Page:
Louise Blanchard was the only child of two schoolteachers. Her parents moved her to Buffalo from Waterloo, New York, in 1871, seeking better educational and professional opportunities for themselves as well as for her. At that time, Buffalo was a booming industrial city and emerging cultural center, situated at a confluence of rail lines, the Erie Canal, and Lake Erie. Money flowed in from the grain, shipping, manufacturing, and railroad industries, flowing back out into many large commercial, industrial, civic, and residential buildings during the late nineteenth century. In her first years in Buffalo, Bethune completed high school in the city’s public school system, where her father also taught. She considered attending the newly established four-year architecture program at Cornell University, one of the first of its kind. Instead, she chose to continue her education through an apprenticeship, a typical path for many architects since the 1850s.
In 1876, Bethune began working in the office of architect Richard Waite, in addition to working part-time for E.W. Caulkins. Waite had risen to near celebrity status in Buffalo by this time and was designing several large commissions when Bethune joined him. Her time in Waite’s office proved to be influential to her career as well as her personal life. It was there that she met her husband, Robert Bethune, an experienced draftsman who had previously trained in England and worked in Michigan. This meeting, as coworkers in 1878, led to both their marriage and their business together.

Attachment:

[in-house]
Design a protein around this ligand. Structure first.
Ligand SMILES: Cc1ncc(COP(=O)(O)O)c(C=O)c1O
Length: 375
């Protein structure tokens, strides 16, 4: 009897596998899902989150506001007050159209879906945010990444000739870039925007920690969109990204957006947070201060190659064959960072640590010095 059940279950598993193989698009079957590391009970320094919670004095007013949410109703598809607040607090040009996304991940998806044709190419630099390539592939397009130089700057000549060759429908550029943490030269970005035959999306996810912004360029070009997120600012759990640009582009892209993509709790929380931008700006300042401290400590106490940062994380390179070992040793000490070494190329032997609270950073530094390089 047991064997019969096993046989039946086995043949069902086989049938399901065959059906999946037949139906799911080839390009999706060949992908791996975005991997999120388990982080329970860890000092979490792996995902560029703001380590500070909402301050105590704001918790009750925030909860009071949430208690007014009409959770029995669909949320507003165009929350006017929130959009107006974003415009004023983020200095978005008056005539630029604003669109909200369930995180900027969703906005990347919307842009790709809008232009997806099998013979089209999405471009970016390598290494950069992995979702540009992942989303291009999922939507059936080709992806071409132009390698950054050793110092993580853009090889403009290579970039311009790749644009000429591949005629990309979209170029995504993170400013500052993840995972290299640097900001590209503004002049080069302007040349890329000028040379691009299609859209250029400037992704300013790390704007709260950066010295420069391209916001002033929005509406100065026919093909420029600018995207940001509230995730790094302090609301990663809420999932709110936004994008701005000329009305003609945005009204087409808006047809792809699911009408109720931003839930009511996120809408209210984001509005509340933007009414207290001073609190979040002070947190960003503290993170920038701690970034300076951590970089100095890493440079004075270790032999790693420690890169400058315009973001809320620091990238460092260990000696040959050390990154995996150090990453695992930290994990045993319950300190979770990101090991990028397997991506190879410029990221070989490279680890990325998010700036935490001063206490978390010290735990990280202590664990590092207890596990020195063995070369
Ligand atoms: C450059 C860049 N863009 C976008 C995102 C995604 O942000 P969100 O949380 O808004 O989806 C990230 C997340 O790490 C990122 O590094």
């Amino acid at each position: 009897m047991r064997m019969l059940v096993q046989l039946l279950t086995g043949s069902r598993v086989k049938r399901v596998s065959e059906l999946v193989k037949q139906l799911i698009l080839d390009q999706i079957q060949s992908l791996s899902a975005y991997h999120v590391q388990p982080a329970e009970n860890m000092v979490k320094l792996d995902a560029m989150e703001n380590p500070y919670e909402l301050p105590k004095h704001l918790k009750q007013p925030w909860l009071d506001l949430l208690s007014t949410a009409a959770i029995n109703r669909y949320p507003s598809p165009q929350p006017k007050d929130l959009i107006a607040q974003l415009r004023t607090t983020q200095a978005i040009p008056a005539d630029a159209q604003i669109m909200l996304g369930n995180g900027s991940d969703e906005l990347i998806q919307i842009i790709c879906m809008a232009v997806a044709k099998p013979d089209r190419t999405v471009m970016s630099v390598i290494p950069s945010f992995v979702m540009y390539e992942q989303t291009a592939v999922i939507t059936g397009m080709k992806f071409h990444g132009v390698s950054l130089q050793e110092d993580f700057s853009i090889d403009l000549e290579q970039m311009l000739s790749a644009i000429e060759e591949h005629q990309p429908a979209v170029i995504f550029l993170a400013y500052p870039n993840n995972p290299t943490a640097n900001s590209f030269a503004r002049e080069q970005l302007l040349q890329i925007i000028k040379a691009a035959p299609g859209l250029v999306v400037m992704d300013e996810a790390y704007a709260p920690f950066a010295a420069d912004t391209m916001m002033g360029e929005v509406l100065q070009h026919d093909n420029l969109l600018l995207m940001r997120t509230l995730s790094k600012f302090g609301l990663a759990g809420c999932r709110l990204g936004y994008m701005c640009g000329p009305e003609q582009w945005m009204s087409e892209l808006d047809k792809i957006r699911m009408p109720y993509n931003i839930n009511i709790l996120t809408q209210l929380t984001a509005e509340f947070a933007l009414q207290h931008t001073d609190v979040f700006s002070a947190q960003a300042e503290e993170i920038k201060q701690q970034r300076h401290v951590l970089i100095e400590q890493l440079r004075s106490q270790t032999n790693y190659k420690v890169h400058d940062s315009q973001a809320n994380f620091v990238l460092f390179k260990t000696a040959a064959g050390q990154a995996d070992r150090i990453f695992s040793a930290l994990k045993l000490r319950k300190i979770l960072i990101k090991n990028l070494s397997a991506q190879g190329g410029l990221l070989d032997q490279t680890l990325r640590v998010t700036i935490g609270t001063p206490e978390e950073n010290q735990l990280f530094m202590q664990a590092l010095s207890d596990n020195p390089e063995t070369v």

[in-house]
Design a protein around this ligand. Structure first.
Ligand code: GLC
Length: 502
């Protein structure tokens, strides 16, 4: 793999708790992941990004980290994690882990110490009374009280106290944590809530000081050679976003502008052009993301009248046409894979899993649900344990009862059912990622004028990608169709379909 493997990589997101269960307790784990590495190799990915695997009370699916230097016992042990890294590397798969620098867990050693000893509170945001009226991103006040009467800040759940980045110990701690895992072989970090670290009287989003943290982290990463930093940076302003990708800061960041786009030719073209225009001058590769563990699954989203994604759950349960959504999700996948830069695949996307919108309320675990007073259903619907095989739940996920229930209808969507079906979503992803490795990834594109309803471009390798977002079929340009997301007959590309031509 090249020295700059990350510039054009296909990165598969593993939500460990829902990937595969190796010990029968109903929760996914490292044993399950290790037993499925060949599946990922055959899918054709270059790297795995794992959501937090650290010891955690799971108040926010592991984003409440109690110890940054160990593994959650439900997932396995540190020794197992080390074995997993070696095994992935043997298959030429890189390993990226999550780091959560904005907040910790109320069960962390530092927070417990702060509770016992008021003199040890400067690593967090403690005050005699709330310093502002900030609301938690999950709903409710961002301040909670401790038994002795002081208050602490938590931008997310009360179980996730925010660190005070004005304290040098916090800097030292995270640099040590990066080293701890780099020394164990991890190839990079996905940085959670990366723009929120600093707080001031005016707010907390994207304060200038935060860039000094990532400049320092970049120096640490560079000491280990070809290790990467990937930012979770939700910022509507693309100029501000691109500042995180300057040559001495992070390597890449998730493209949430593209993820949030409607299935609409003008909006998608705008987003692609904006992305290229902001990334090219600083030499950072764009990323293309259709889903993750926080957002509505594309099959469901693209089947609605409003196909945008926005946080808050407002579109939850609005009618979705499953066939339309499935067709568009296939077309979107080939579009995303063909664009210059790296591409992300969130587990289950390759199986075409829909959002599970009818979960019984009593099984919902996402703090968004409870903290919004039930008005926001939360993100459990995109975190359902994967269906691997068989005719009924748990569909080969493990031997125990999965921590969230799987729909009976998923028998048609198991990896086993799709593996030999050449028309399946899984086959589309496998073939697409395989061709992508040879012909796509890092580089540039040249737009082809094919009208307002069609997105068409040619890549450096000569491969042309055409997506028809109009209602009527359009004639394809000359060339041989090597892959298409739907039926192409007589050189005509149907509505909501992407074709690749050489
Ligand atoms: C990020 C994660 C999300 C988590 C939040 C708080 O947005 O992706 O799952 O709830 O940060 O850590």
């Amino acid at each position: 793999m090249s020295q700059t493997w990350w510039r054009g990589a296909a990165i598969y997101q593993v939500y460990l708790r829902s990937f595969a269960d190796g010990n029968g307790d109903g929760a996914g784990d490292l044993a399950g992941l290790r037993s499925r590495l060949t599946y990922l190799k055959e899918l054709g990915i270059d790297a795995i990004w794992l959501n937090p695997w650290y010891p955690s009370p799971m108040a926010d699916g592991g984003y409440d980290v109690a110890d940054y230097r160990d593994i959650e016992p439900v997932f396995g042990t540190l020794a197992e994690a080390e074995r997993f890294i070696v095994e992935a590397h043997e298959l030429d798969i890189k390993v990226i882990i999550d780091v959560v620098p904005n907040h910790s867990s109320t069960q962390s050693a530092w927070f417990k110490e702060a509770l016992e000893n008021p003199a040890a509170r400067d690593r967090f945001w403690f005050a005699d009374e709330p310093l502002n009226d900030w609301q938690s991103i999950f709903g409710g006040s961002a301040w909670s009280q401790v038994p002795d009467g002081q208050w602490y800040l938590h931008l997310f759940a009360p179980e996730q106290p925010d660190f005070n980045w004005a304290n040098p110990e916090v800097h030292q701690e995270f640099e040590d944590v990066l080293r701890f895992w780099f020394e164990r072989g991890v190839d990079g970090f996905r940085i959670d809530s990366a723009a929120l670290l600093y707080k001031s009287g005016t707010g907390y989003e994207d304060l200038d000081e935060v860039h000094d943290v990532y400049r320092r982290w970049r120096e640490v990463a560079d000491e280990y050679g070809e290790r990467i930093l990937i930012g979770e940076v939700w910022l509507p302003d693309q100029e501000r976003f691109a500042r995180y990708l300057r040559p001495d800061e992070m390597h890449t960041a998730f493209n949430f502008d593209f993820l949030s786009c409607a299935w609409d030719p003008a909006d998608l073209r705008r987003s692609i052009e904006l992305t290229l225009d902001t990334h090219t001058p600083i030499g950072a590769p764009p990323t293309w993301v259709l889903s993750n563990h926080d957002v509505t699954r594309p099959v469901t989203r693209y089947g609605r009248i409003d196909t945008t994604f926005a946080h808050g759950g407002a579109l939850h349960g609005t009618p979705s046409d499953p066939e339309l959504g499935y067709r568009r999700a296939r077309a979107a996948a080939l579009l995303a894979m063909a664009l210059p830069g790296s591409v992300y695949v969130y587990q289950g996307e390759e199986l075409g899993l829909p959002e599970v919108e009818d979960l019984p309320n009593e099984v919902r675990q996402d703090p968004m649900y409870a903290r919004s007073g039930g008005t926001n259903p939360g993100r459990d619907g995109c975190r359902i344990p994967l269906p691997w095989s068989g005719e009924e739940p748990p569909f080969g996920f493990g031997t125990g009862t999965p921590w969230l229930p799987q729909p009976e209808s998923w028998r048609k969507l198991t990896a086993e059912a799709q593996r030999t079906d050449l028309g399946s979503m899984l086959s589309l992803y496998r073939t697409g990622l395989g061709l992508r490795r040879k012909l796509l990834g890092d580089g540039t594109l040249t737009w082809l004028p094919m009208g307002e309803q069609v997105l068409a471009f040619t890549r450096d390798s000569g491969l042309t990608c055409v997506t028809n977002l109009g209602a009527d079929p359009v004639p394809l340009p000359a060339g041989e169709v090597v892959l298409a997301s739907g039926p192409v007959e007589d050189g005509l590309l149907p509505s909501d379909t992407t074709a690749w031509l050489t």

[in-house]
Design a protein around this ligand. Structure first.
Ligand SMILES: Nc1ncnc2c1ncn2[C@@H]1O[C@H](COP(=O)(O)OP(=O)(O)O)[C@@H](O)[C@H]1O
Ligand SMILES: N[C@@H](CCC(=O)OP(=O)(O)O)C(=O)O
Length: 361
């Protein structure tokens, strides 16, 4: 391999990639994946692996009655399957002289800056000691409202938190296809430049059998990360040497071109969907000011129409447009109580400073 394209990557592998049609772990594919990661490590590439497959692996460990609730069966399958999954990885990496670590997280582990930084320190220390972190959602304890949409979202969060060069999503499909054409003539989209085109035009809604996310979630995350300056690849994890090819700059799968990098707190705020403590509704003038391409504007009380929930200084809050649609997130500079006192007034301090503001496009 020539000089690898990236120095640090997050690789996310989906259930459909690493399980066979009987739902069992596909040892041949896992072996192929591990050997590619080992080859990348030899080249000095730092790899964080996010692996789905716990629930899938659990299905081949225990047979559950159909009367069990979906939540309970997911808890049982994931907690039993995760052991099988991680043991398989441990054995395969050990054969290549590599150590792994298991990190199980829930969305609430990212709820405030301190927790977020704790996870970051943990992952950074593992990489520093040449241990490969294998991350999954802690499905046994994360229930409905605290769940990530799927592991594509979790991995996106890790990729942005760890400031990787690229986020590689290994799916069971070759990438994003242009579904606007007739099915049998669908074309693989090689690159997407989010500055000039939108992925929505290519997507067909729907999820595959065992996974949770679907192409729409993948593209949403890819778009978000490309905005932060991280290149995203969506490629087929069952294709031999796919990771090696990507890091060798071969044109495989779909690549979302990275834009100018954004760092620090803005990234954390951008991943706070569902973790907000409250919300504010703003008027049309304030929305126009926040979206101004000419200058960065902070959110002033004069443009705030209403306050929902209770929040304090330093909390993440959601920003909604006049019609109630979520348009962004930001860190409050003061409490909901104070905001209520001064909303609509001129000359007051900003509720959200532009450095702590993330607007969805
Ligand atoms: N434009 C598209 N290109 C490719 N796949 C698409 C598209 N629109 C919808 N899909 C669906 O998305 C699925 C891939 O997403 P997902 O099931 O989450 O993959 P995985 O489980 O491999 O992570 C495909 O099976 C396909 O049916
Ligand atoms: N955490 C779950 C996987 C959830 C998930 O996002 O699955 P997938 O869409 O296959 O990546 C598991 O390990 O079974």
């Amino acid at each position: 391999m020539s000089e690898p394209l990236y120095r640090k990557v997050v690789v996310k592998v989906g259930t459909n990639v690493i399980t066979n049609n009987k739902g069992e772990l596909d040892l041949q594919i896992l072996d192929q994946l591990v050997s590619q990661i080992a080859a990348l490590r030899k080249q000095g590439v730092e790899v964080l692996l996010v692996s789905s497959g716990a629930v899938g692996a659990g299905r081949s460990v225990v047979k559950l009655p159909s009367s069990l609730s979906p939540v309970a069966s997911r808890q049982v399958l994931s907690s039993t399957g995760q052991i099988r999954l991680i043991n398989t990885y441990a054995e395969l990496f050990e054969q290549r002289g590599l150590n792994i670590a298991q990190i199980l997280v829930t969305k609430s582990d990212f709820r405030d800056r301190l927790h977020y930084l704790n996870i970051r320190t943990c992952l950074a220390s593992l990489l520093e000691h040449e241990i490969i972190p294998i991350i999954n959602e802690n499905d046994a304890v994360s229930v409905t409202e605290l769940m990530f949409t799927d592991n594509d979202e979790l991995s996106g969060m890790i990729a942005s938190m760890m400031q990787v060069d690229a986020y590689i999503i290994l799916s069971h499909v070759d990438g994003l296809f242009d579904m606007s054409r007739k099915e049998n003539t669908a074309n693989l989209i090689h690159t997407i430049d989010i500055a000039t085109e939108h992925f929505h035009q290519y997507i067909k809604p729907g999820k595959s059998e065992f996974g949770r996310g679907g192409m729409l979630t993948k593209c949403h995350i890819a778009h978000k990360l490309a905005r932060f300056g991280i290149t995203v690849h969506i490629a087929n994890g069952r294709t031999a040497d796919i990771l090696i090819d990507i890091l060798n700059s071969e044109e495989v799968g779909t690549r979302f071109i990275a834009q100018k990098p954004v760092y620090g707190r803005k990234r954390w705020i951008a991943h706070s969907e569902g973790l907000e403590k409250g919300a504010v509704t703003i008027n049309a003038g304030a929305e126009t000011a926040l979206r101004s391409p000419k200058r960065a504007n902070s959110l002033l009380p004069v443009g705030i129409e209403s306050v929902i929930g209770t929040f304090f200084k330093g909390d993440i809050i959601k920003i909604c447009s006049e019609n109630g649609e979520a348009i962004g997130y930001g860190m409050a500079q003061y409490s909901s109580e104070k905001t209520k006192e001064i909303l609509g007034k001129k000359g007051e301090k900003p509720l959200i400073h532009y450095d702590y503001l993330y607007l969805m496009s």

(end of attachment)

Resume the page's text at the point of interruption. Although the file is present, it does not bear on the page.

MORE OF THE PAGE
Louise and Robert left Waite’s office and launched their own architecture firm in 1881, R.A. and L. Bethune. Her career advanced, rather than ended, when she married Robert two months later in 1881 and had a child, Charles, in 1883. Later joined by William Fuchs to become Bethune, Bethune, and Fuchs in 1891, the firm was among the most successful in Buffalo during its tenure. Bethune, then 25 at the time, did not merely work at the firm, but was an owner and partner in it. The firm was among the most competitive and profitable in Buffalo. Bethune was known to be a savvy entrepreneur, managing the firm’s accounting, paperwork, and client relationships. She was not merely an office administrator, however, as she also was the lead architect for one-half to one-third of the firm’s commissioned buildings.